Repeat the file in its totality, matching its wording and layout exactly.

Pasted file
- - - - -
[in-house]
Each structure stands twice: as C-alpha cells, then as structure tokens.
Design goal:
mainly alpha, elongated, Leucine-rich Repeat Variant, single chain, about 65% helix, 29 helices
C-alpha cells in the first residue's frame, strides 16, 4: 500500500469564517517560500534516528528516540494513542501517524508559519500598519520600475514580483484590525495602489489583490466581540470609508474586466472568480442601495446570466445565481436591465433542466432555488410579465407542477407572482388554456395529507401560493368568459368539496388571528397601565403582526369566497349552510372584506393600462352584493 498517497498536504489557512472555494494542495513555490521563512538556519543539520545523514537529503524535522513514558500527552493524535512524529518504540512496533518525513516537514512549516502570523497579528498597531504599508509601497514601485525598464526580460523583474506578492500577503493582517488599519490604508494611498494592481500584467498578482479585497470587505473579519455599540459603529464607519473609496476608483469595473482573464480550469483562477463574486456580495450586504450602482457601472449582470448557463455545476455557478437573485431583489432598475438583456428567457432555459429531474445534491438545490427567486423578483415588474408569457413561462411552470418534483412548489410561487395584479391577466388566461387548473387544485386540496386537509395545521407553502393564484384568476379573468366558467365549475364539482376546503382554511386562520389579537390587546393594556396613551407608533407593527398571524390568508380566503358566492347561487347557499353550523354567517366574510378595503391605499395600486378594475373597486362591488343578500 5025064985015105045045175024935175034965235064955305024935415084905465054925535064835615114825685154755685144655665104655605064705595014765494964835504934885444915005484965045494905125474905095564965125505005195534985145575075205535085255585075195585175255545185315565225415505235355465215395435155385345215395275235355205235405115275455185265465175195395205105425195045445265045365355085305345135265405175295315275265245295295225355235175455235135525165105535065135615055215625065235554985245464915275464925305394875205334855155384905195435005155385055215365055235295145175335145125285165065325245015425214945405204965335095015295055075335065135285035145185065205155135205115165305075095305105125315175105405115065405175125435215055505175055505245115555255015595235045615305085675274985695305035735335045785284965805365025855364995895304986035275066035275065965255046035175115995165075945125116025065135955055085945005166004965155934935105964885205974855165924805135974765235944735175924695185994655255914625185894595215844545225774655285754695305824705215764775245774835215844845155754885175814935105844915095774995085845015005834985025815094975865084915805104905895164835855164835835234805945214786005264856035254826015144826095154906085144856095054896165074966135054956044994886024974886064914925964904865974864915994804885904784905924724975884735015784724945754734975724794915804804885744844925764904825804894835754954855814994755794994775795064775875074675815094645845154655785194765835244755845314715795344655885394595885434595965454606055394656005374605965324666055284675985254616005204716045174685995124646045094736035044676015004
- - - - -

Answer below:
[in-house]
Each structure stands twice: as C-alpha cells, then as structure tokens.
Design goal:
mainly alpha, elongated, Leucine-rich Repeat Variant, single chain, about 65% helix, 29 helices
C-alpha cells in the first residue's frame, strides 16, 4: 500500500469564517517560500534516528528516540494513542501517524508559519500598519520600475514580483484590525495602489489583490466581540470609508474586466472568480442601495446570466445565481436591465433542466432555488410579465407542477407572482388554456395529507401560493368568459368539496388571528397601565403582526369566497349552510372584506393600462352584493 498517497498536504489557512472555494494542495513555490521563512538556519543539520545523514537529503524535522513514558500527552493524535512524529518504540512496533518525513516537514512549516502570523497579528498597531504599508509601497514601485525598464526580460523583474506578492500577503493582517488599519490604508494611498494592481500584467498578482479585497470587505473579519455599540459603529464607519473609496476608483469595473482573464480550469483562477463574486456580495450586504450602482457601472449582470448557463455545476455557478437573485431583489432598475438583456428567457432555459429531474445534491438545490427567486423578483415588474408569457413561462411552470418534483412548489410561487395584479391577466388566461387548473387544485386540496386537509395545521407553502393564484384568476379573468366558467365549475364539482376546503382554511386562520389579537390587546393594556396613551407608533407593527398571524390568508380566503358566492347561487347557499353550523354567517366574510378595503391605499395600486378594475373597486362591488343578500 5025064985015105045045175024935175034965235064955305024935415084905465054925535064835615114825685154755685144655665104655605064705595014765494964835504934885444915005484965045494905125474905095564965125505005195534985145575075205535085255585075195585175255545185315565225415505235355465215395435155385345215395275235355205235405115275455185265465175195395205105425195045445265045365355085305345135265405175295315275265245295295225355235175455235135525165105535065135615055215625065235554985245464915275464925305394875205334855155384905195435005155385055215365055235295145175335145125285165065325245015425214945405204965335095015295055075335065135285035145185065205155135205115165305075095305105125315175105405115065405175125435215055505175055505245115555255015595235045615305085675274985695305035735335045785284965805365025855364995895304986035275066035275065965255046035175115995165075945125116025065135955055085945005166004965155934935105964885205974855165924805135974765235944735175924695185994655255914625185894595215844545225774655285754695305824705215764775245774835215844845155754885175814935105844915095774995085845015005834985025815094975865084915805104905895164835855164835835234805945214786005264856035254826015144826095154906085144856095054896165074966135054956044994886024974886064914925964904865974864915994804885904784905924724975884735015784724945754734975724794915804804885744844925764904825804894835754954855814994755794994775795064775875074675815094645845154655785194765835244755845314715795344655885394595885434595965454606055394656005374605965324666055284675985254616005204716045174685995124646045094736035044676015004